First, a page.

Hydration documents hip-hop artist Pharrell Williams’s creation of There’s Something In The Water Festival. For what could have so easily been a vanity project, filmmaker Mimi Valdés wisely takes the attention off the celebrities and moves it to the Virginian community where the event takes place and the impact it has on it. Whenever the locals and festival-goers are in focus, Hydration provides an insightful and touching portrayal of the meaning that music, artistry, and creativity can have on a once divided population. But when we do eventually get to the main attraction, everything comes to a screeching halt, as viewers are forced to endure a festival highlight reel.
Beginning with Pharrell arriving in his hometown, the documentary doesn’t waste any time in getting to the heart of the film. With poignant and effective use of archive footage of the Greekfest riots that plagued the town, along with the stigma it left on the community, everything viewers need to know about why this event is seen as so significant is underscored perfectly. And for the first half of the runtime, at least, this importance is further explored via a handful of interactions with locals expressing what the event means to them. A group of young artists, in particular, is used to embody what the festival intends to celebrate, their words speaking louder than any of the cranked-up music performances.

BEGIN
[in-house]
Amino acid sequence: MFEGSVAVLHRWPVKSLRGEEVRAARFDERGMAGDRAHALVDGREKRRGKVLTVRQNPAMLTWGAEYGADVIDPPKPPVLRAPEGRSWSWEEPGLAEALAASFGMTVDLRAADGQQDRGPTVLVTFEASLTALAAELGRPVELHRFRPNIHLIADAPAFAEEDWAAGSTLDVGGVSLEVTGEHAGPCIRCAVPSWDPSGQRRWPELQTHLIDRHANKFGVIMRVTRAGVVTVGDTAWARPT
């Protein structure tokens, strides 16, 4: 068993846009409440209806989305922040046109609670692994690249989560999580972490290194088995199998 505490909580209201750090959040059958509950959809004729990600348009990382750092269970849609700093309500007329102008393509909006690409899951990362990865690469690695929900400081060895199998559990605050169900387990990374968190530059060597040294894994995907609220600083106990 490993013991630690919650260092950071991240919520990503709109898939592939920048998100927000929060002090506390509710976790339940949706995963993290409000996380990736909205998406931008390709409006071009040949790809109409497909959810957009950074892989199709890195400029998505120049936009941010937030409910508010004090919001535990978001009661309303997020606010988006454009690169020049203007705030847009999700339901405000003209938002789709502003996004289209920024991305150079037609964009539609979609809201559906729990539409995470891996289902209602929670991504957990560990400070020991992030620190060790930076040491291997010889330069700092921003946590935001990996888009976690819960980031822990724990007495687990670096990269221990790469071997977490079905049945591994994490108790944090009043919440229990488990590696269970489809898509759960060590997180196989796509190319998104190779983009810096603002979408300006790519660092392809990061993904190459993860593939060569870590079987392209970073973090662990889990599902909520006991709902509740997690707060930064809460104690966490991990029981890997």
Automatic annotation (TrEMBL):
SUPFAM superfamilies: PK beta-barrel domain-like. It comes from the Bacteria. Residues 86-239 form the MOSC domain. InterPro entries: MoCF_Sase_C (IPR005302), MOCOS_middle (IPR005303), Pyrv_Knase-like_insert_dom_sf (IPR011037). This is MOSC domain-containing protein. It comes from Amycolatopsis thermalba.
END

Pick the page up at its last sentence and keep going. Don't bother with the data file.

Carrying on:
Smaller backstage moments of dancers rehearsing, Dave Grohl providing catering, and snippets of other events taking place during the weekend-long festival further add to the overwhelming feeling of community spirit championed throughout. The enjoyment of the latter half, however, ultimately depends on how much the viewer enjoys watching hip-hop performances, because that’s all there is for the most part thereafter. While the camera will often cut to shots of the diverse audience enjoying themselves, the focus is largely on the actual performances. Perhaps if the sets were intercut into the rest of the film, or if some of the artists had been given a more prominent role, these parts wouldn’t feel so intrusive. As it stands, the result is like watching a highlight reel where you can’t skip to the artists you like.
In spite of a tiresome second half, Hydration is nonetheless an endearing argument for the importance of creativity and the power it has in uniting communities.
Hydration does not have a UK release date yet.
Read more reviews from our Tribeca Film Festival 2020 coverage here.